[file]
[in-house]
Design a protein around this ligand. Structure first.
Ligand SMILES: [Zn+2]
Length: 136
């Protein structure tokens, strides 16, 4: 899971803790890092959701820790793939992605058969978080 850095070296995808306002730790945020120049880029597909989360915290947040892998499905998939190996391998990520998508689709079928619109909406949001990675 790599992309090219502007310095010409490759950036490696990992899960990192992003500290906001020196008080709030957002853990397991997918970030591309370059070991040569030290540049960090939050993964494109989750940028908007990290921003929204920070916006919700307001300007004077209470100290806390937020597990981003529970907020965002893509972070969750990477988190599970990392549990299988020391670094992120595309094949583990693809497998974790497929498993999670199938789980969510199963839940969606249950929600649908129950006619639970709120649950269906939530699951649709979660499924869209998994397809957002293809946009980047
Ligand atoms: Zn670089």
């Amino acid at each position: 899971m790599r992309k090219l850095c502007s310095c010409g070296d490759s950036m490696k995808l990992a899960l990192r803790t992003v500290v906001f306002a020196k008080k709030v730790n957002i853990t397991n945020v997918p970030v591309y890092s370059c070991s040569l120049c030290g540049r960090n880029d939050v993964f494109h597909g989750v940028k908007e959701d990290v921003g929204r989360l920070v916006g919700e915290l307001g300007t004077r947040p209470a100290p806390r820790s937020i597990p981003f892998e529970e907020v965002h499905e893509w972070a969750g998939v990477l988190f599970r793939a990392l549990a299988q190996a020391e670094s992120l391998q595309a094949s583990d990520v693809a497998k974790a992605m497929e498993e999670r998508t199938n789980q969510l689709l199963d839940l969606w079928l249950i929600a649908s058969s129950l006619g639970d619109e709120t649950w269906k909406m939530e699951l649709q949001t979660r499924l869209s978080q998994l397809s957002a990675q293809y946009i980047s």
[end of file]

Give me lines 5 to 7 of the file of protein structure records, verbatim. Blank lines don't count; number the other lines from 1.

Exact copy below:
């Protein structure tokens, strides 16, 4: 899971803790890092959701820790793939992605058969978080 850095070296995808306002730790945020120049880029597909989360915290947040892998499905998939190996391998990520998508689709079928619109909406949001990675 790599992309090219502007310095010409490759950036490696990992899960990192992003500290906001020196008080709030957002853990397991997918970030591309370059070991040569030290540049960090939050993964494109989750940028908007990290921003929204920070916006919700307001300007004077209470100290806390937020597990981003529970907020965002893509972070969750990477988190599970990392549990299988020391670094992120595309094949583990693809497998974790497929498993999670199938789980969510199963839940969606249950929600649908129950006619639970709120649950269906939530699951649709979660499924869209998994397809957002293809946009980047
Ligand atoms: Zn670089």
């Amino acid at each position: 899971m790599r992309k090219l850095c502007s310095c010409g070296d490759s950036m490696k995808l990992a899960l990192r803790t992003v500290v906001f306002a020196k008080k709030v730790n957002i853990t397991n945020v997918p970030v591309y890092s370059c070991s040569l120049c030290g540049r960090n880029d939050v993964f494109h597909g989750v940028k908007e959701d990290v921003g929204r989360l920070v916006g919700e915290l307001g300007t004077r947040p209470a100290p806390r820790s937020i597990p981003f892998e529970e907020v965002h499905e893509w972070a969750g998939v990477l988190f599970r793939a990392l549990a299988q190996a020391e670094s992120l391998q595309a094949s583990d990520v693809a497998k974790a992605m497929e498993e999670r998508t199938n789980q969510l689709l199963d839940l969606w079928l249950i929600a649908s058969s129950l006619g639970d619109e709120t649950w269906k909406m939530e699951l649709q949001t979660r499924l869209s978080q998994l397809s957002a990675q293809y946009i980047s």